The Central African nation of Chad, which isn’t a member of ECOWAS, but has a similar desert terrain of that of Mali has pledged close to 2,300 troops.
Chadian Foreign Minister Mustafa Kimama informed participants that more than 1,800 of its troops have arrived in Mali.
“Chad has a history of being subjected to foreign aggression,” Kimama said, adding that Chadian troops are ready to confront fast moving militants who can travel 1000kms in 24 hours using Toyota Pickups.
Another Non-ECOWAS nation, Burundi has pledged one battalion of troops for the AFISMA mission. Burundi currently has a sizeable peacekeeping contingent along with Uganda in conflict torn Somalia, helping defend against Islamist insurgent groups and prop up the Somali Government.
AFISMA had initially projected 3,300 troops under resolution 2085, but now it’s expected to double that figure, with West African military powerhouse Nigeria expected to contribute 900 combat soldiers and 300 air force personnel to Mali.
Other West African nations have pledged smaller troop numbers for Mali.
Follow up conferences to be held
It was also revealed at the conference that follow-up meetings will be held by various other organizations.
Among these is a special conference of the 57 member strong Organization of Islamic Conference (OIC) of which Mali is a member being hosted in Turkey on the 5th of February.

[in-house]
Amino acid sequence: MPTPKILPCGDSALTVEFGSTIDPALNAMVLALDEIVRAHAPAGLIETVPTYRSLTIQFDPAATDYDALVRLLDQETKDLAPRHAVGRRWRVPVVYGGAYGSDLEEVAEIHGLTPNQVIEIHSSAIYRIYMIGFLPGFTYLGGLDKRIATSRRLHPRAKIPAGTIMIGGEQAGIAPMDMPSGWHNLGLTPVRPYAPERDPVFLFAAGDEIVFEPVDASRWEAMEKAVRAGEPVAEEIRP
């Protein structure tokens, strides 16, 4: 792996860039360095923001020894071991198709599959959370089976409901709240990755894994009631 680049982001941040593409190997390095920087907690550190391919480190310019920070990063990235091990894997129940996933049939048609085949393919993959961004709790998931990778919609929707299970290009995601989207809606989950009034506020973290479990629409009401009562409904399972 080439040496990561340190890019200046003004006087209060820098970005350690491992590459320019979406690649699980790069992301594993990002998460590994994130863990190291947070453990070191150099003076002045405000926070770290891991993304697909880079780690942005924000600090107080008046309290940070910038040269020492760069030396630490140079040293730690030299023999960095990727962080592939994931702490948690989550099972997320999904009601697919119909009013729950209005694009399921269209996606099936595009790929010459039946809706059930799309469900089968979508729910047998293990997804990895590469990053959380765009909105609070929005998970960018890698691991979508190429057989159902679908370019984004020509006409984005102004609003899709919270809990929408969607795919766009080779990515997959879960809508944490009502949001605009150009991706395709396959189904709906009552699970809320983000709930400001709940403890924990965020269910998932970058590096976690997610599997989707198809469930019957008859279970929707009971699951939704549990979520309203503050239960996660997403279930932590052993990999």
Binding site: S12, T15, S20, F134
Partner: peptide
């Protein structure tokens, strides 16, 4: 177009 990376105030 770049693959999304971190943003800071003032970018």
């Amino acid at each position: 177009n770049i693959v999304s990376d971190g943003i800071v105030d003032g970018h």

The European Union has also announced that it will have a meeting in its Brussels Headquarters, also on the 5th of February.
In line with the Italian representative’s statement, the EU said it’s time for a nationwide consensus between the various factions that have cut ties with the “terrorist groups”.
Elections postponed until the 31st of July
One of the possible scenarios cited as a way of returning Mali to constitutional and democratic order, elections, have now been postponed to 31st of July, from the earlier April deadline.
Dioncounda Traore, President of Mali, said that the country had shown concrete steps to host credible, free and fair elections.
He added that it was decided that the 31st of July was the chosen date to hold these elections.
In January 2012, Mali was destabilized by an armed rebellion, initially led by a group championing the interests’ of a nomadic Saharan ethnic group called “Tuaregs”.
The Movement for National Liberation of Azawad (MNLA), which had planned to create a separate state in northern Mali, subsequently took advantage of a coup in the capital, Bamako to take over the whole of northern Mali.
Azawad is a name given by ethnic Tuaregs to their homeland which they claim encompasses most of the desert regions of African nations in the north west of the continent. It includes southern Algeria, Libya, Northern Mali and Niger.
However the MNLA was soon displaced by a myriad of local and regional based Islamist and jihadist groups, which earlier this month tried to advance on areas of Northern Mali which are government controlled.
French troops launched “Operation Serval” on January 11th, with the aim of halting the advance of Islamist forces which control much of northern Mali.
The operation was launched because of the time it took to organize the deployment of AFISMA troops to combat the Islamic insurgents and stabilize the Malian government.